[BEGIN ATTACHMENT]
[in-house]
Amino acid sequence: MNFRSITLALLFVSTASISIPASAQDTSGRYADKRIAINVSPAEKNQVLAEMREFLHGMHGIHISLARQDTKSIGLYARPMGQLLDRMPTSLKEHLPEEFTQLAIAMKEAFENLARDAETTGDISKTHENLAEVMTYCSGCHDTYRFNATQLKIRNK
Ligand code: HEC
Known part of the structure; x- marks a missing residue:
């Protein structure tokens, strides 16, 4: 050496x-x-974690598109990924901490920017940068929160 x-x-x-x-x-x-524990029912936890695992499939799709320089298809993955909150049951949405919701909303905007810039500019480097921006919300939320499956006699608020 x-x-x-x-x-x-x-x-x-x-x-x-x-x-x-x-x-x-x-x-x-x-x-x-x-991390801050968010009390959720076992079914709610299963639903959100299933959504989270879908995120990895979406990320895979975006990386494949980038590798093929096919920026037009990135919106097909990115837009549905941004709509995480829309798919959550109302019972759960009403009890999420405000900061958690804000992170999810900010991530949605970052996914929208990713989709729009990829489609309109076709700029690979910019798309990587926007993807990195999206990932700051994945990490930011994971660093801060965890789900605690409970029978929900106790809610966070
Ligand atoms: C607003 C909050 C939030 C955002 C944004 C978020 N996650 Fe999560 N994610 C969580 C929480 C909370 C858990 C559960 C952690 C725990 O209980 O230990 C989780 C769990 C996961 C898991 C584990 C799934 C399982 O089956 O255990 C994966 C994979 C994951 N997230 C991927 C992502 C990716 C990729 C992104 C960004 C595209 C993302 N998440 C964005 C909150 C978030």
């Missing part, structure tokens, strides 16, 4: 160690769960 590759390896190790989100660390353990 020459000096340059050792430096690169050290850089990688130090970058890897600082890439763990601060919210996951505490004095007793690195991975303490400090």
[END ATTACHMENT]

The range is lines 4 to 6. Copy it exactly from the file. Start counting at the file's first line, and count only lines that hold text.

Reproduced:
Known part of the structure; x- marks a missing residue:
């Protein structure tokens, strides 16, 4: 050496x-x-974690598109990924901490920017940068929160 x-x-x-x-x-x-524990029912936890695992499939799709320089298809993955909150049951949405919701909303905007810039500019480097921006919300939320499956006699608020 x-x-x-x-x-x-x-x-x-x-x-x-x-x-x-x-x-x-x-x-x-x-x-x-x-991390801050968010009390959720076992079914709610299963639903959100299933959504989270879908995120990895979406990320895979975006990386494949980038590798093929096919920026037009990135919106097909990115837009549905941004709509995480829309798919959550109302019972759960009403009890999420405000900061958690804000992170999810900010991530949605970052996914929208990713989709729009990829489609309109076709700029690979910019798309990587926007993807990195999206990932700051994945990490930011994971660093801060965890789900605690409970029978929900106790809610966070
Ligand atoms: C607003 C909050 C939030 C955002 C944004 C978020 N996650 Fe999560 N994610 C969580 C929480 C909370 C858990 C559960 C952690 C725990 O209980 O230990 C989780 C769990 C996961 C898991 C584990 C799934 C399982 O089956 O255990 C994966 C994979 C994951 N997230 C991927 C992502 C990716 C990729 C992104 C960004 C595209 C993302 N998440 C964005 C909150 C978030």